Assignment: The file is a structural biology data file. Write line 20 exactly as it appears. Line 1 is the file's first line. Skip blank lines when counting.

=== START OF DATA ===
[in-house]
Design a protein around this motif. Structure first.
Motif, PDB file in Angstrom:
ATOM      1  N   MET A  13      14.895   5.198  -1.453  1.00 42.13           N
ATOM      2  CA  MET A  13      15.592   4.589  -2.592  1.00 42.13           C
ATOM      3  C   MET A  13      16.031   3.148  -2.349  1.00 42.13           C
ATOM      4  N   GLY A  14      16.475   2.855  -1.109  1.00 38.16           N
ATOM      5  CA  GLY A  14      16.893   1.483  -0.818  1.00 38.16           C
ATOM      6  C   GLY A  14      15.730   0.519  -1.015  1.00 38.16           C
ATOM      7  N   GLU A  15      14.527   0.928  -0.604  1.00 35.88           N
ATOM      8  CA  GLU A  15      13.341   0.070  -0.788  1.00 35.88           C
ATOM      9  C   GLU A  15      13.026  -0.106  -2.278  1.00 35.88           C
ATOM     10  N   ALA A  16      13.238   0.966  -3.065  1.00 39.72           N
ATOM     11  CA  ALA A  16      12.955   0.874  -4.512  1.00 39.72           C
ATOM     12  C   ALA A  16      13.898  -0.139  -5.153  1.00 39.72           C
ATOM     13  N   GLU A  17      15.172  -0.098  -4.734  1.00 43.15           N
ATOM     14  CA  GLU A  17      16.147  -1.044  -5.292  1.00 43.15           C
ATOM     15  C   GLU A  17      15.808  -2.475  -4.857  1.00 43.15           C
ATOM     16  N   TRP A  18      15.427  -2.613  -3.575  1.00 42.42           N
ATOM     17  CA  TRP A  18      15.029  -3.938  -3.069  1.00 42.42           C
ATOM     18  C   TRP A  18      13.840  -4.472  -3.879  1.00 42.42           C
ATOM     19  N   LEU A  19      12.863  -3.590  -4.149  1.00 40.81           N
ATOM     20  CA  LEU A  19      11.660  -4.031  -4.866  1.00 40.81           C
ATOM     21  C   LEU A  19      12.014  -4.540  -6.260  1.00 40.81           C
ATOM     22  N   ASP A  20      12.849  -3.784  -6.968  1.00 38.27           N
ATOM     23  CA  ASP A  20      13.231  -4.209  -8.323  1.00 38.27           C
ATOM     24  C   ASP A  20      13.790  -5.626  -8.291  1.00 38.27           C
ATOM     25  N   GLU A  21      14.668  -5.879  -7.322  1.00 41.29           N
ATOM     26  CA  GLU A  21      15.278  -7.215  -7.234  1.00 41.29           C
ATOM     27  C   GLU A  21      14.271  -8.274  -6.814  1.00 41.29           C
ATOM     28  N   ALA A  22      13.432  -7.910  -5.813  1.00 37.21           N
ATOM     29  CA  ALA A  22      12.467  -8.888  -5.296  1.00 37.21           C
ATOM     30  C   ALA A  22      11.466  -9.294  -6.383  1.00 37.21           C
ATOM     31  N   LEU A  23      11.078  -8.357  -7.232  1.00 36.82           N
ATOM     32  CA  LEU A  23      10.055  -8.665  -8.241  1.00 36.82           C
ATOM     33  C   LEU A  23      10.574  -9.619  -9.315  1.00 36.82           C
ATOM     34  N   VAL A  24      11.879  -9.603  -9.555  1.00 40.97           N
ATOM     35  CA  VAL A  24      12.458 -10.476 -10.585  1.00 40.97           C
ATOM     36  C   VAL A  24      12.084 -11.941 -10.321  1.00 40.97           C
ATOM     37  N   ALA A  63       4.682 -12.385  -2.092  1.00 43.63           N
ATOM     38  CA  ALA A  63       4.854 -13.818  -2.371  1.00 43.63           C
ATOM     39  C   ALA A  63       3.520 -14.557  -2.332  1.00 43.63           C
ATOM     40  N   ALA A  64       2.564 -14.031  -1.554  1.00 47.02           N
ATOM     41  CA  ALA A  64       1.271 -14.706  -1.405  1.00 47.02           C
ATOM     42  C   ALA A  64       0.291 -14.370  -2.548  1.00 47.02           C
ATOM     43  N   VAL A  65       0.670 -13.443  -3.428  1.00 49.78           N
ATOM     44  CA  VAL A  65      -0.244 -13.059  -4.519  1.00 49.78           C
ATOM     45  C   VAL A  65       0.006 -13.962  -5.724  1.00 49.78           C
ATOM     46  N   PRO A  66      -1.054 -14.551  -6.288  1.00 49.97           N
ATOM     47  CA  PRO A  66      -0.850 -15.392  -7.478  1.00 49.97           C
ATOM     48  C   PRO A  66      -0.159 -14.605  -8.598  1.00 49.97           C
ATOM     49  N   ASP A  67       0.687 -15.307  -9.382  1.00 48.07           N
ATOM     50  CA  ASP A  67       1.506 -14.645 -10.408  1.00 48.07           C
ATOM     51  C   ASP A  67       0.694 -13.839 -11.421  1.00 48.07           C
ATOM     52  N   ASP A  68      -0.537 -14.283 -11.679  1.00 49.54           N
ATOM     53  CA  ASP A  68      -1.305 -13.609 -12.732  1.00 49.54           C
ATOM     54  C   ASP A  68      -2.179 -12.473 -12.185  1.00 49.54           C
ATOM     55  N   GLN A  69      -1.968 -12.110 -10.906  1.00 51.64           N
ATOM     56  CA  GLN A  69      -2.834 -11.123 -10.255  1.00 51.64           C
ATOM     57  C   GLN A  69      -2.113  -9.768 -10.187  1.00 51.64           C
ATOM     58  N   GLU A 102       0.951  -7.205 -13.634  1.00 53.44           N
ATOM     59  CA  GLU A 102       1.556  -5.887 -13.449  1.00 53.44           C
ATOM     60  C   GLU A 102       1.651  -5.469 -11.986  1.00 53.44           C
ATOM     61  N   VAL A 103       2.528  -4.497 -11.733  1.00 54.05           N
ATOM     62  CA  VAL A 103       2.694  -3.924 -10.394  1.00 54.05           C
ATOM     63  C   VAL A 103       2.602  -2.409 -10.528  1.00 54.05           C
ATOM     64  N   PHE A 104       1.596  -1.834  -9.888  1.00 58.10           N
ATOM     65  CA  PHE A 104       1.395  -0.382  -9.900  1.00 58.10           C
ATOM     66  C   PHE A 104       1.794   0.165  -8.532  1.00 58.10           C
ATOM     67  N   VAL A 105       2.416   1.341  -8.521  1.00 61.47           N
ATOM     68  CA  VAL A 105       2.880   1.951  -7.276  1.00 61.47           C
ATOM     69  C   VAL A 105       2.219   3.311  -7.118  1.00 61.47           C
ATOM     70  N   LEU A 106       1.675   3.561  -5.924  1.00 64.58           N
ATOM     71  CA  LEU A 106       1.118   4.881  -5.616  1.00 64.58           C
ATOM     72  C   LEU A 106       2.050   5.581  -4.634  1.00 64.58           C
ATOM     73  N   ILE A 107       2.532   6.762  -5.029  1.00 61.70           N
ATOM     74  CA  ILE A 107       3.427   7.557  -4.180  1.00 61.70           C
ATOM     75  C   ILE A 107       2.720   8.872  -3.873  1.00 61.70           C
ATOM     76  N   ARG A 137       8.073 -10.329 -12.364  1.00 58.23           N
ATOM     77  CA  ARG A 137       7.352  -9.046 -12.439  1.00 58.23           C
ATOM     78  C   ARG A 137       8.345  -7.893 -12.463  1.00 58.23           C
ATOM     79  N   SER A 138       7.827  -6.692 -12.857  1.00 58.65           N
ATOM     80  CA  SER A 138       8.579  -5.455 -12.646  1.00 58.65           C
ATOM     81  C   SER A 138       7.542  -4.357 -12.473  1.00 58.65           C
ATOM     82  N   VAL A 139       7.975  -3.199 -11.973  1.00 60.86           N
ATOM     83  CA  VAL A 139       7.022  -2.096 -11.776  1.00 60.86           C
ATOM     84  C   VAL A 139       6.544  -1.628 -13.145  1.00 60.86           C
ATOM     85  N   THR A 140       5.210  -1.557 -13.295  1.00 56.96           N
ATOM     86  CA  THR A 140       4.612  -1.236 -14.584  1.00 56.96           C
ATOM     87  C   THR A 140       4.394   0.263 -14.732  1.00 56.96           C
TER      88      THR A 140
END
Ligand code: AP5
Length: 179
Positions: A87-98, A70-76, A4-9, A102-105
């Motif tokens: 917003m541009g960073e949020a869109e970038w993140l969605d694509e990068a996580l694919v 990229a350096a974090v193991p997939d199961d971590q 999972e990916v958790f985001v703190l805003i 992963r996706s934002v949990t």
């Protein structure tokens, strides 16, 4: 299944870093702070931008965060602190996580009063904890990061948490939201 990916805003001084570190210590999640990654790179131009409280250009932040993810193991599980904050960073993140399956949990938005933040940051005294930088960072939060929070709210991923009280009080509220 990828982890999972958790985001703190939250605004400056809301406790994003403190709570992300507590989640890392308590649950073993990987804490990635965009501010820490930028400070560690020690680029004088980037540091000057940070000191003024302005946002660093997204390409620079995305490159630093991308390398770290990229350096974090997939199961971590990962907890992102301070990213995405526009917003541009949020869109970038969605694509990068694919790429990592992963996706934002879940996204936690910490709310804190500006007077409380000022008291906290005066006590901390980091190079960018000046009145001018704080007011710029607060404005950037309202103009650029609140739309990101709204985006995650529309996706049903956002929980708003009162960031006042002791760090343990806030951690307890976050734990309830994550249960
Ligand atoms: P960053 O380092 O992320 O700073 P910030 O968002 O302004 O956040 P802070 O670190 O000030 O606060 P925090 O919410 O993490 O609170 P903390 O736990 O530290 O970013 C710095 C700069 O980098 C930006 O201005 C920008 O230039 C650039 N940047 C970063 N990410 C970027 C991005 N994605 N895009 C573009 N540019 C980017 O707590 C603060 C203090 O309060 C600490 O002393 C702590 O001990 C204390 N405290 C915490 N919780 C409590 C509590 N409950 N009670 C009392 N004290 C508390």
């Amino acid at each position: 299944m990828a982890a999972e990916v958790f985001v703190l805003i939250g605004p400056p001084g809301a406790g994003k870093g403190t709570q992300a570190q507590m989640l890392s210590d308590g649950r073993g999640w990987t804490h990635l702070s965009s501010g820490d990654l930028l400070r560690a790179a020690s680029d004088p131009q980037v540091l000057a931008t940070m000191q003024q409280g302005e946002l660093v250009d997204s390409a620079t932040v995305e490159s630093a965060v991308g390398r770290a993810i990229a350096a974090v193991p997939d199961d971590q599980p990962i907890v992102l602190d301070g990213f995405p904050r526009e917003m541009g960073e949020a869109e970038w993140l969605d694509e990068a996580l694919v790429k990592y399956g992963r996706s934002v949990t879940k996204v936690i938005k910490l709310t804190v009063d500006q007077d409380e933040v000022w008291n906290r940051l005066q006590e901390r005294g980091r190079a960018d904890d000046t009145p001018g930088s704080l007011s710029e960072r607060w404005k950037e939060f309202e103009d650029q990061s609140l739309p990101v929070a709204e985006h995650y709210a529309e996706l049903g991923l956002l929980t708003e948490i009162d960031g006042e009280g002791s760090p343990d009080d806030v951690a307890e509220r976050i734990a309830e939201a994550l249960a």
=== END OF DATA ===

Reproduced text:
ATOM     17  CA  TRP A  18      15.029  -3.938  -3.069  1.00 42.42           C